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Réveille… (Part 3)
Our Modus Operandi…
Our Modus Operandi: Full-Circle Discipleship
Acts 14:21-23 (ESV)
21 When they had preached the gospel to that city and had made many disciples, they returned to Lystra and to Iconium and to Antioch,
22 strengthening the souls of the disciples, encouraging them to continue in the faith, and saying that through many tribulations we must enter the kingdom of God.
23 And when they had appointed elders for them in every church, with prayer and fasting they committed them to the Lord in whom they had believed.
But I’m telling the end of the story before its beginning. It begins in Acts 13:1.
The church in Antioch became part of a pivotal moment in early church history. They were pioneers… the Holy Spirit directed them in this unprecedented, organized evangelistic endeavor. It became known as the first of Paul’s three missionary journeys.
It’s a church planter’s manual… a living example of evangelism, discipleship and leadership training integrated into one seamless package, lived out in flesh and blood, in real-world, living color. It opens with a gathering of believers—i.e., the church at Antioch— “ministering to the Lord” (there’s a sermon title). It closes with local assemblies of believers pressing on with the same passion and vision Paul and company had left them with.
I’ve called it full-circle discipleship… going from zero to autonomous. You arrive in a new place with nothing except Jesus and his message in your heart… you leave behind a church—probably small by American standards today—but comprised of people who love Jesus and who risk their all to share his message with others.
Just as it’s supposed to be… just as they had seen in their own mentor, the Apostle Paul.
But you will receive power when the Holy Spirit has come upon you, and you will be my witnesses in Jerusalem and in all Judea and Samaria, and to the end of the earth. (Acts 1:8, ESV)
Without this vision and activity, kingdom work will stagnate and whither from within. Without new pioneers, there will be no new churches. Without leading by example and challenging the next generation to live for the kingdom of God, the dearth of new pioneers will persist.
I can’t think of any place, near or far, that would not benefit from a new, fresh start popping up in their neighborhood… a Bible study and prayer group with a twist—a commonly held dream and conviction… “We want to grow up to be a church.” That one little twist radically alters the dynamic.
We ended up in Cancun by a circuitous route. That’s a story of its own. Cancun was a sleepy tourist town of 70,000 people on the Mexican Caribbean coast of the Yucatan Peninsula… a 1,500 mile drive from the US border town of McAllen, TX. It’s called the “turquoise coast” today. If you’ve ever seen it, you understand. It’s beautiful.
We’ve long since grown tired of jokes like, “Wow, if you live in Cancun, where do you go for a vacation?” My answer would usually be, “somewhere where I can see snow and stop sweating for a few minutes.”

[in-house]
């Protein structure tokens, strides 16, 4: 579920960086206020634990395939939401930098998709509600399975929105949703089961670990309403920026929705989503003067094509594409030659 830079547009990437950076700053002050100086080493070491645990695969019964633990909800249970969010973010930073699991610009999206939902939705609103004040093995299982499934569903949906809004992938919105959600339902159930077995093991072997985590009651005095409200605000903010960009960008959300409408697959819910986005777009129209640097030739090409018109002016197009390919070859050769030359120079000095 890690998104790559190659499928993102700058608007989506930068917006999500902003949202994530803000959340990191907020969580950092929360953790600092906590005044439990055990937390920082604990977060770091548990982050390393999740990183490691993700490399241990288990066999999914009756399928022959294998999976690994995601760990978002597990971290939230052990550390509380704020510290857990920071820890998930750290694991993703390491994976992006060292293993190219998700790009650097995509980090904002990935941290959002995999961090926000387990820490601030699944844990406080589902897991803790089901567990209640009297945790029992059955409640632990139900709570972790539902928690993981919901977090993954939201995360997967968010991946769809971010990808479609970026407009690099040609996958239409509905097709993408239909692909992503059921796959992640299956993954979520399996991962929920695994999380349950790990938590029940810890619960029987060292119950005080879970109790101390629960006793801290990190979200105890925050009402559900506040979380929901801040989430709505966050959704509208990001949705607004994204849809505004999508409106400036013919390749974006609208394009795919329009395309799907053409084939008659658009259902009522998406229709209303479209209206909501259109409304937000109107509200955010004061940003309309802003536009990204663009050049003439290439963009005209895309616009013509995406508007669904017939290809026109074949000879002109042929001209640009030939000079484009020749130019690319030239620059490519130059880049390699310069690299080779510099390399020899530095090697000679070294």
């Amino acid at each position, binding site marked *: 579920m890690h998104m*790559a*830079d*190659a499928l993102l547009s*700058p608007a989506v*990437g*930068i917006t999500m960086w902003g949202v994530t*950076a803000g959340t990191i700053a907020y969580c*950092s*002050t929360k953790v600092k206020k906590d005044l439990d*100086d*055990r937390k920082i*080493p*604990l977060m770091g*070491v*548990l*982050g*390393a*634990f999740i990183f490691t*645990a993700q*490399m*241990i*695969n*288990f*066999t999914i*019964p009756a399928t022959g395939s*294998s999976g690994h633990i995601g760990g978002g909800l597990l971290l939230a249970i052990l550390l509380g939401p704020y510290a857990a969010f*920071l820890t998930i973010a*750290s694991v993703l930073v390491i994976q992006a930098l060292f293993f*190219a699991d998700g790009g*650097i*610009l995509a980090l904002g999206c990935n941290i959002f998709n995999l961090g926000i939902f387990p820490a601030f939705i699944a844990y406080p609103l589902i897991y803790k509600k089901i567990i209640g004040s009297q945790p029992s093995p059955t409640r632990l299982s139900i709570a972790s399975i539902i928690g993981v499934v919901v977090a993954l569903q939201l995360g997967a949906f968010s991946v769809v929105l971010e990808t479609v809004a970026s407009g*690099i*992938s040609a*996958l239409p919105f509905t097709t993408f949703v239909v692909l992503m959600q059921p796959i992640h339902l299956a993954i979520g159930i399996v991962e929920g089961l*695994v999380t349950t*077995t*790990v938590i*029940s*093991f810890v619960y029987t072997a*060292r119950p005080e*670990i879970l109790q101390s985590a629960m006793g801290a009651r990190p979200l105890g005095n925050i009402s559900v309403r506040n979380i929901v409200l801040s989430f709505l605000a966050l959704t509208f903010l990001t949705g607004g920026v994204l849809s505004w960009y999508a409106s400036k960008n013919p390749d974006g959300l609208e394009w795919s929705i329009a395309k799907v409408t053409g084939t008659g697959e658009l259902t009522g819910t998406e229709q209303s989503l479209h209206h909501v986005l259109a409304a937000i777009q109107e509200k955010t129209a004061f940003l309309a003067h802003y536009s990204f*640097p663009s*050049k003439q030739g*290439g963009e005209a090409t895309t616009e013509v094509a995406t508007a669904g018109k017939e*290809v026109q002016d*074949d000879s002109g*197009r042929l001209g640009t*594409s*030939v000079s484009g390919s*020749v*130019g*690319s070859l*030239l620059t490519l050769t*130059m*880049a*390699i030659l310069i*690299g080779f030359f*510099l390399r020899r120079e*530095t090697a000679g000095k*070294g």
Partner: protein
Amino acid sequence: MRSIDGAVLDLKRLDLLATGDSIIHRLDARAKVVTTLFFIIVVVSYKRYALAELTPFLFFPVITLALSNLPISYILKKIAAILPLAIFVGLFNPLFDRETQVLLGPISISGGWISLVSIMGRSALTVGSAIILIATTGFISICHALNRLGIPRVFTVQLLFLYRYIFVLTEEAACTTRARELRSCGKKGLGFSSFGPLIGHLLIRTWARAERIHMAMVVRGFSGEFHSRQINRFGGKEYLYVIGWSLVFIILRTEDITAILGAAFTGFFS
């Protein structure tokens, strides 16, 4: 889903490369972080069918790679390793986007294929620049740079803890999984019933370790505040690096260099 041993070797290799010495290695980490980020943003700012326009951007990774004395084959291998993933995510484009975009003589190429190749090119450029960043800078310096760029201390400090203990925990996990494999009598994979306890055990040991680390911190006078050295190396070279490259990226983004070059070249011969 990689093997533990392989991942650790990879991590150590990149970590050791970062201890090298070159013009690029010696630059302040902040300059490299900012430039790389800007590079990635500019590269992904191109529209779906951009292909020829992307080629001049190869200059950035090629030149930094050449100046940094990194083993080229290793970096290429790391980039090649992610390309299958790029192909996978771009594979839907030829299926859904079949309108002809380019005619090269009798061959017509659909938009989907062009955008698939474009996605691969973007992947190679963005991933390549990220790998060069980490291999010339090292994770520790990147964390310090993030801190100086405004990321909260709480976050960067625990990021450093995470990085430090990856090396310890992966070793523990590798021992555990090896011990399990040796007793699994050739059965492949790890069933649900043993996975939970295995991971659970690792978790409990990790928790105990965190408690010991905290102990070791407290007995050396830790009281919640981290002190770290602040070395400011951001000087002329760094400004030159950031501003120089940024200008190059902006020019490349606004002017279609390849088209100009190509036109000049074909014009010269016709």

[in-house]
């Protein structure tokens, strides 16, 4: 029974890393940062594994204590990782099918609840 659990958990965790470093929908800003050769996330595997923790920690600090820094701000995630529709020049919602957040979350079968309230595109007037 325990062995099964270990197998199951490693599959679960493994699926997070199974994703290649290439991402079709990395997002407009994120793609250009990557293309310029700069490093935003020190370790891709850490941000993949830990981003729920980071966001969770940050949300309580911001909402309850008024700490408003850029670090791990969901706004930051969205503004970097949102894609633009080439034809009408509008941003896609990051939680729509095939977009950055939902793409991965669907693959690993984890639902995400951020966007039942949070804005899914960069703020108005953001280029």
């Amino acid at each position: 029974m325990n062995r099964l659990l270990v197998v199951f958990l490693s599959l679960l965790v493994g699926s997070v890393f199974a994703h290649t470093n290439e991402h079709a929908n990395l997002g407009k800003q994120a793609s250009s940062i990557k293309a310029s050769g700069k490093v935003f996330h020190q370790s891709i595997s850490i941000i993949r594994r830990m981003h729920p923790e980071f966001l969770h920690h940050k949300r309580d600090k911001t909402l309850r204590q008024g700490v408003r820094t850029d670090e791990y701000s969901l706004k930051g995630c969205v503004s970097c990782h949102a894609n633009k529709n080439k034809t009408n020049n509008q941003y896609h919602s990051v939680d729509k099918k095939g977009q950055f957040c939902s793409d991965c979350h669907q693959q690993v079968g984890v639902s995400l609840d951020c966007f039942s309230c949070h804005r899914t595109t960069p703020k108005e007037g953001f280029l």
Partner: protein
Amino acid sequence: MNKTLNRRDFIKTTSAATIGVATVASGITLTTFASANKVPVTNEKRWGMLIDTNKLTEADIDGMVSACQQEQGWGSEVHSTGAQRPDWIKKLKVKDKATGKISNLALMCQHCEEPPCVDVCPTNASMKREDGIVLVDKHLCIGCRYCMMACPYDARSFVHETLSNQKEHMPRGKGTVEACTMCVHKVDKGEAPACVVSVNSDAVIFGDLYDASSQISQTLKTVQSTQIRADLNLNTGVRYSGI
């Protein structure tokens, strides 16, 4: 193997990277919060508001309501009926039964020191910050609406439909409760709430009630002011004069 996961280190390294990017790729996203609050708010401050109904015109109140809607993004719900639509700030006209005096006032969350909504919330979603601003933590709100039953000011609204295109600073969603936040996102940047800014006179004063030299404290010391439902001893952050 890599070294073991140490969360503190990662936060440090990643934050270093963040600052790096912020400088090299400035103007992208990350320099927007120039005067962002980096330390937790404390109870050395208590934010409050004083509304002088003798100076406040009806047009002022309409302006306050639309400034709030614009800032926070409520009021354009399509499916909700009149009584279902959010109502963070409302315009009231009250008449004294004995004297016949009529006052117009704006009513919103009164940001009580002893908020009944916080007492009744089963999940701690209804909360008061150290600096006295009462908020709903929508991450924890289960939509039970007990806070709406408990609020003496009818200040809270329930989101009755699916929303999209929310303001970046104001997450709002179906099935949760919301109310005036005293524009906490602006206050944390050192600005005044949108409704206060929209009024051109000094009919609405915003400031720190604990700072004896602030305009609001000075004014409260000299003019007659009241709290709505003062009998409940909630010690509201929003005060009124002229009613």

Like most places, it was a tale of two cities. Our daughter was about 9 yrs old when she observed one day, “It’s organized. The poor people live on one side and the rich people on the other.” Sadly, it was easy to see how she came to that conclusion.
Interacting with people felt a little like living in a port where sailors and shipping crews came through. It was an environment of “anything goes.” I met people on their own, families left back home… we knew people on the run from the law in other parts of the country… we knew a few who were growing dope a couple of hours south of town. There is nothing idyllic about any place full of people without Jesus in their lives.
We also knew lots of honorable, hard working people trying make a way for themselves and their families. In other words, it was like most anywhere else in the world.
Our first attempt at starting a church was done in what I would call a traditional manner… at least in our American way of thinking. We rented a 15 x 15 ft. space on a street corner… $100.00 US per month. We discovered that our street was used on Sunday mornings by people walking or biking up to the open market a few blocks east of us.
The four of us showed up on Sunday mornings in our Chevy pickup with a camper shell. We rolled up the metal curtain on each side of our new meeting place and set up some rustic benches—if you know me, you understand “rustic” was already stretching my abilities for such things. Linda would start playing some hymns on her accordion and our two kids would hand out a flyer or a tract to people passing by.
We never had a Sunday with just the four of us. Sometimes a neighborhood kid or two… sometimes a curious adult stopping in on their way to or from the market. On the Sundays we had people and rain, Linda and the kids would pile into the back of the pickup—more rustic benches there too—for their Bible class.
I won’t try to whitewash how hard it was… that zero to automous thing took 12 years to happen. But when it did… what a victory! The downtown Cancun church was our first. It’s still pastored by the man who stepped in as pastor behind me. Let me tell you how much I love him and his wife and precious daughter.
I wouldn’t trade being a full-circle kind of kingdom worker for anything in the world.